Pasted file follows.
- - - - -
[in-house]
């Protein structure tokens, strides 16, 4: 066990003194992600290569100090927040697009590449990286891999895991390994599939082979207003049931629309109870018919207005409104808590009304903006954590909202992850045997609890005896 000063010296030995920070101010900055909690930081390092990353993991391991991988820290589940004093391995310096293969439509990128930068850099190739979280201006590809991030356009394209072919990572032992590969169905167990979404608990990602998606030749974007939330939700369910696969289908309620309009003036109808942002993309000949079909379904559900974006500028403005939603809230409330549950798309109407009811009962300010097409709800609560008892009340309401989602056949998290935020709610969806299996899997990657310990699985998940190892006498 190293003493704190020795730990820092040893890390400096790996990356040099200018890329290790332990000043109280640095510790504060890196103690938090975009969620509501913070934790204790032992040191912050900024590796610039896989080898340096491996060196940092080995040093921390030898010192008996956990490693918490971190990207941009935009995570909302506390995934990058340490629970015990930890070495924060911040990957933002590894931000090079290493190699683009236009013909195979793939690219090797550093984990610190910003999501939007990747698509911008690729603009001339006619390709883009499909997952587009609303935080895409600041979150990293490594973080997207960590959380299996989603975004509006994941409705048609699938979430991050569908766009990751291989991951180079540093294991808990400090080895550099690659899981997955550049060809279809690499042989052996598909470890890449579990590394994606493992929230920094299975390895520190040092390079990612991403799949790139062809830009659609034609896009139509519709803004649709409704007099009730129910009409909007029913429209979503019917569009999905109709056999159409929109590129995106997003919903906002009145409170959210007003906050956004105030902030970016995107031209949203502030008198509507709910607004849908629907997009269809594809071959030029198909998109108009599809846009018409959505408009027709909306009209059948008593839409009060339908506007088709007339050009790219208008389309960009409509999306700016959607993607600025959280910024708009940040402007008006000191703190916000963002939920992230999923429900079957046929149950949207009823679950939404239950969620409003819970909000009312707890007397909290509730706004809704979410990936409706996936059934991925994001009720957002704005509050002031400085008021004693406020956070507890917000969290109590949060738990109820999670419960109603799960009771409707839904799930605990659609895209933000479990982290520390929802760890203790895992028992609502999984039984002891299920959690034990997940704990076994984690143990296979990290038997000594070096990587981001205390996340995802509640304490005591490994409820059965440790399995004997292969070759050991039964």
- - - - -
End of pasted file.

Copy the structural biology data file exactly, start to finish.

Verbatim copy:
[in-house]
């Protein structure tokens, strides 16, 4: 066990003194992600290569100090927040697009590449990286891999895991390994599939082979207003049931629309109870018919207005409104808590009304903006954590909202992850045997609890005896 000063010296030995920070101010900055909690930081390092990353993991391991991988820290589940004093391995310096293969439509990128930068850099190739979280201006590809991030356009394209072919990572032992590969169905167990979404608990990602998606030749974007939330939700369910696969289908309620309009003036109808942002993309000949079909379904559900974006500028403005939603809230409330549950798309109407009811009962300010097409709800609560008892009340309401989602056949998290935020709610969806299996899997990657310990699985998940190892006498 190293003493704190020795730990820092040893890390400096790996990356040099200018890329290790332990000043109280640095510790504060890196103690938090975009969620509501913070934790204790032992040191912050900024590796610039896989080898340096491996060196940092080995040093921390030898010192008996956990490693918490971190990207941009935009995570909302506390995934990058340490629970015990930890070495924060911040990957933002590894931000090079290493190699683009236009013909195979793939690219090797550093984990610190910003999501939007990747698509911008690729603009001339006619390709883009499909997952587009609303935080895409600041979150990293490594973080997207960590959380299996989603975004509006994941409705048609699938979430991050569908766009990751291989991951180079540093294991808990400090080895550099690659899981997955550049060809279809690499042989052996598909470890890449579990590394994606493992929230920094299975390895520190040092390079990612991403799949790139062809830009659609034609896009139509519709803004649709409704007099009730129910009409909007029913429209979503019917569009999905109709056999159409929109590129995106997003919903906002009145409170959210007003906050956004105030902030970016995107031209949203502030008198509507709910607004849908629907997009269809594809071959030029198909998109108009599809846009018409959505408009027709909306009209059948008593839409009060339908506007088709007339050009790219208008389309960009409509999306700016959607993607600025959280910024708009940040402007008006000191703190916000963002939920992230999923429900079957046929149950949207009823679950939404239950969620409003819970909000009312707890007397909290509730706004809704979410990936409706996936059934991925994001009720957002704005509050002031400085008021004693406020956070507890917000969290109590949060738990109820999670419960109603799960009771409707839904799930605990659609895209933000479990982290520390929802760890203790895992028992609502999984039984002891299920959690034990997940704990076994984690143990296979990290038997000594070096990587981001205390996340995802509640304490005591490994409820059965440790399995004997292969070759050991039964």